Notice that the focus of this event was not about Jesus paying the full penalty for sin, but rather about fulfilling an Old Testament prophecy. It was when Jesus received the sour wine (vinegar) that He spoke these words, fulfilling the set up from verse 28. In fact, the Greek word for "finished" only appears twice in John, in verse 19:28 and 19:30, under the same verbal form (tetelestai), strongly suggesting the two go together. And the context shows that a few other Old Testament prophecies were also going to be fulfilled (John 19:31-37). So it should really be understood as "It is fulfilled," or more traditionally, "It is Consummated."

    The "fulfill" ("consummated") reading also makes better sense of the Greek term used (see how it's used in Luke 18:31 and Acts 13:29). In the 26 verses the word appears in, only twice is it used to refer to payment, and even in these two verse it only refers to paying taxes (Mt 17:24; Rom 13:6) and not some full payment. In virtually every other verse it's used, it means "fulfill" or "conclude". Given this, it is absolutely astonishing the way many Protestants will over-reach with this word to make it suggest a financial transaction of "payment in full" and completely ignore the Biblical evidence available.

    This is not to suggest that the "It is Consummated" doesn't have a deeper significance than just saying "this one prophecy was fulfilled," but rather (both/and, not either/or) that Christ's death is to be understood as the Old Testament said it would happen. For example, Protestants love to point to Jesus on the Cross saying "My God, why have You abandoned me," and claim this verse proves the Father's wrath was poured out on Jesus. But any alert reader would know Jesus was intoning Psalm 22, which clearly is speaking of David/Jesus being persecuted by enemies and not being rescued (immediately) by God.

    In the case of "I thirst," the cross-reference given for this is Psalm 69:21, which is a Messianic Psalm talking about how David was persecuted and insulted by his fellow Jews and now how Jesus is persecuted and insulted by the Jews. Nothing to do with taking someone's punishment or the Father's wrath being dumped on them.

    This same kind of distortion is happening when Protestants quote "It is finished."

    What did Jesus mean by "It is finished"?

    Calvin was wrong.
     
  8. Willie T

    Willie T Heaven Sent Staff Member

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    I think the most glaring and striking thing about Calvin's negativism in The Institutes, is his vividly open and totally utter disgust for anyone who is not one of the Chosen Ones like him... the "reprobates", as he impudently and insolently refers to us. I mentioned earlier somewhere here, that he used some form of the word "absurd" 286 times in that work, alone, to describe any and all thoughts or ideas others expressed. And at least 500 times he interjected descriptors far worse.
     
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  9. HammerStone

    HammerStone Well-Known Member Staff Member

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    This is almost a red herring as far as this discussion goes, so I really hate to take away from the OP by getting into rounds with a Catholic. On top of that, this sort of copy & paste catechism is partly why Protests and Catholics can't talk to one another on a forum. Maybe open a another thread if you'd like to go down this rabbit trail.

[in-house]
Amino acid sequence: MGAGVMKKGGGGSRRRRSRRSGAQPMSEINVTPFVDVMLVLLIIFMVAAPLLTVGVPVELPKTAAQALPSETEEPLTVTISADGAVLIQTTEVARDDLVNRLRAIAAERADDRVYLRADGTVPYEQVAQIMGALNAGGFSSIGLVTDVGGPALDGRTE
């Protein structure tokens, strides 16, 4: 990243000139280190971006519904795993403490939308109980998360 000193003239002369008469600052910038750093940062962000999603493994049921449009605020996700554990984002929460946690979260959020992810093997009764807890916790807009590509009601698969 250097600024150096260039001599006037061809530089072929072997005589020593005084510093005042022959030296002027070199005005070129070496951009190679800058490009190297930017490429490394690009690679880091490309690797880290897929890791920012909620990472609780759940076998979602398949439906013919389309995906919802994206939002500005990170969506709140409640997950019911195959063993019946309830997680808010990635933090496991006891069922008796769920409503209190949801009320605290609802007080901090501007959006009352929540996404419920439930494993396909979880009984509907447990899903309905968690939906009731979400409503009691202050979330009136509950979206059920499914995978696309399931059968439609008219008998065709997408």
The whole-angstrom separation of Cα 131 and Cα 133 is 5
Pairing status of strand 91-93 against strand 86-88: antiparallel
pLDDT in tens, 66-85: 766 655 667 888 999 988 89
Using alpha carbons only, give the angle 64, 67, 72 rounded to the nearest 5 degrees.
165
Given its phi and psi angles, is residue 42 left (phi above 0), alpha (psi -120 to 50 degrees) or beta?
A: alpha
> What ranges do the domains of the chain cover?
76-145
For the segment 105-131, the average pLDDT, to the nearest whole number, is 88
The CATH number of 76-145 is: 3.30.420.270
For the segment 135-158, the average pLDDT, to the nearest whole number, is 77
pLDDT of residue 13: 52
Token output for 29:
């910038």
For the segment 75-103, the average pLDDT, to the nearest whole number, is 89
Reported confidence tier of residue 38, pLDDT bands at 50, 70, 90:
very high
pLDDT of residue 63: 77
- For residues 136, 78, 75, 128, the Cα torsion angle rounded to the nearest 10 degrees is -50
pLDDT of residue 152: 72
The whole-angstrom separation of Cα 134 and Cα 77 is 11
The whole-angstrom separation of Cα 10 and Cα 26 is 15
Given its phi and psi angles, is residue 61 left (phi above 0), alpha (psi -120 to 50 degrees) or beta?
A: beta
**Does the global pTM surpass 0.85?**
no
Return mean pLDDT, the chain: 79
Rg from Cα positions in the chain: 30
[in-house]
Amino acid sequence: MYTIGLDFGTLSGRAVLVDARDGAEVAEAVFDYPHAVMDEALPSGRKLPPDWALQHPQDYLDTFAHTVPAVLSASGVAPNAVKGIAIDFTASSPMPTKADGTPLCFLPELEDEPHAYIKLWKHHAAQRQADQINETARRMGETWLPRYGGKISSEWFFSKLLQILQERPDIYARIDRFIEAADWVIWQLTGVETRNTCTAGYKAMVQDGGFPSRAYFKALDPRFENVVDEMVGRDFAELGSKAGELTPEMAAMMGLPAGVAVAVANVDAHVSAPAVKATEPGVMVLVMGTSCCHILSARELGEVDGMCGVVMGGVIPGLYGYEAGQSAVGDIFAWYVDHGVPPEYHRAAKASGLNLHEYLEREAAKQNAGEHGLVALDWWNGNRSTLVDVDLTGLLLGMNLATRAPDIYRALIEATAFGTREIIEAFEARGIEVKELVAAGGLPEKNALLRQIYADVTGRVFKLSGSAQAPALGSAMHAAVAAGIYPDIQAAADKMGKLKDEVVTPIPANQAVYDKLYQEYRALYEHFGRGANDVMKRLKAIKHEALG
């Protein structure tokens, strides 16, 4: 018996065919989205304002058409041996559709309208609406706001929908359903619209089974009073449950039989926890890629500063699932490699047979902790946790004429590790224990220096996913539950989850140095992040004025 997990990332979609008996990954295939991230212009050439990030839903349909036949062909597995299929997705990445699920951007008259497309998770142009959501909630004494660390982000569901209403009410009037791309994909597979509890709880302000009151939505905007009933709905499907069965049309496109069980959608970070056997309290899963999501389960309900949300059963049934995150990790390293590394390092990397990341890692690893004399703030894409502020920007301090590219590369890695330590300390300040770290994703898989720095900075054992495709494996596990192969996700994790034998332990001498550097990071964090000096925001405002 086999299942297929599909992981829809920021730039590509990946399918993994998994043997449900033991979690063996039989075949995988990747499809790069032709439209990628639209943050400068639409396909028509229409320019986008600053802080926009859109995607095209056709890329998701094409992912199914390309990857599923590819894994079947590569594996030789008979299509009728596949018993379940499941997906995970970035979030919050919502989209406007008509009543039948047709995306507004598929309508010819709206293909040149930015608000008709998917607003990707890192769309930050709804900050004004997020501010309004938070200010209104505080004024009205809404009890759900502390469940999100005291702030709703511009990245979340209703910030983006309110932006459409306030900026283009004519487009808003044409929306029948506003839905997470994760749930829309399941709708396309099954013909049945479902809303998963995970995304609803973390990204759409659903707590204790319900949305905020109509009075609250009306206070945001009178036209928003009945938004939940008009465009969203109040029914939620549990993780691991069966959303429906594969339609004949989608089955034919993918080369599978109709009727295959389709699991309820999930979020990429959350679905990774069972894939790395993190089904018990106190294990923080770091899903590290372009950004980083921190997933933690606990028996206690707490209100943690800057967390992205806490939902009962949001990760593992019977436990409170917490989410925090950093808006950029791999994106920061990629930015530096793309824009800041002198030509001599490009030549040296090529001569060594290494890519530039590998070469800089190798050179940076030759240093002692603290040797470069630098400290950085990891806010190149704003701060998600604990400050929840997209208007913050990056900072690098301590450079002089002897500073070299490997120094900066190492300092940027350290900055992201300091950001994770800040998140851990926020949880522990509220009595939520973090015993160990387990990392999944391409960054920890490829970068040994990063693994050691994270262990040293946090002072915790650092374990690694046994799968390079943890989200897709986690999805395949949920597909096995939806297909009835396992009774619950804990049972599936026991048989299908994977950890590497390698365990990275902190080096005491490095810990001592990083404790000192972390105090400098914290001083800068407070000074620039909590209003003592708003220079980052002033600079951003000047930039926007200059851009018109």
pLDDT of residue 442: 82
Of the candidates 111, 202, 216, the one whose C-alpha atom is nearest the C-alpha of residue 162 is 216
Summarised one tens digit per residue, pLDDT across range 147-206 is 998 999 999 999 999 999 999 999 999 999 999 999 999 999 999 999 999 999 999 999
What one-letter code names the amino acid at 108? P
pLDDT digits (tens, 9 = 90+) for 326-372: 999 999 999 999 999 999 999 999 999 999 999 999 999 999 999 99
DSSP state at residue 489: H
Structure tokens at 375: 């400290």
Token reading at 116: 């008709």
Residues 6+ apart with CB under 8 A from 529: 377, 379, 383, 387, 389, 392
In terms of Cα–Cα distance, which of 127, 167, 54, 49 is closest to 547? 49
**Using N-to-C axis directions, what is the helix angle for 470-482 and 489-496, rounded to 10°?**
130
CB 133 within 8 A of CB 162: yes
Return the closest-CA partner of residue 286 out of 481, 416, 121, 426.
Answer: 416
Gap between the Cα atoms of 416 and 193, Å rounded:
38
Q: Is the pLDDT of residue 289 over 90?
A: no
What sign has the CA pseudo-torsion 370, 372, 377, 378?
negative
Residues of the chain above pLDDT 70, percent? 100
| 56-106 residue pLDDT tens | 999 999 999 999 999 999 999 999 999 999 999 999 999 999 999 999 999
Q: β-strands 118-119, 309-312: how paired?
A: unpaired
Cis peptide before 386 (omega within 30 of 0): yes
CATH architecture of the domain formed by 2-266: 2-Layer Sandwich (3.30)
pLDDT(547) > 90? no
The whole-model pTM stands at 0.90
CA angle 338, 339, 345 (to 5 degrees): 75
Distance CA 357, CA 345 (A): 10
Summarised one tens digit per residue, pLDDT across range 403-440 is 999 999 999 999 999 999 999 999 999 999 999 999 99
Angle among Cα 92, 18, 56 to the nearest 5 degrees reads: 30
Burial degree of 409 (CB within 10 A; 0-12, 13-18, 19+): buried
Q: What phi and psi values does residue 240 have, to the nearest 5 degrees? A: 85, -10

Seizing on "It is finished." is not quite relevant to what Calvin was saying in the OP's quote. Rather, it would be more about the church's view of authority.

    Taken from the Catechism of the Catholic Church:

    95 "It is clear therefore that, in the supremely wise arrangement of God, sacred Tradition, Sacred Scripture and the Magisterium of the Church are so connected and associated that one of them cannot stand without the others. Working together, each in its own way, under the action of the one Holy Spirit, they all contribute effectively to the salvation of souls."

    Source: Catechism of the Catholic Church - The Transmission of Divine Revelation

    That would be your Catholic bone of contention with Calvin in this particular thread, and, of course, as Protestants, we summarily reject the above statement from your catechism. Calvin's point is that the Bible doesn't need another buttress or two.
     
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  10. GerhardEbersoehn

    GerhardEbersoehn Well-Known Member

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    What tells you, Willie T, Calvin wrote about you--<us>?

    And what in his Institutes makes you allege Calvin claimed <<anyone who is not one of the Chosen Ones like him>>? -- with stress in fact on <like him> not your hypocritical bold on the <Chosen Ones>.

    And you blame Calvin for his <negativism>?
     
  11. Willie T

    Willie T Heaven Sent Staff Member

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    I acquired and read, and reread two more times... and am in the process of reading The Institutes now for the fourth time, solely because I thought there has to be some great teaching somewhere in there for so many people to idolize this magnificent man. It has been the very reading of his own words that shocked me so to learn just the opposite of him.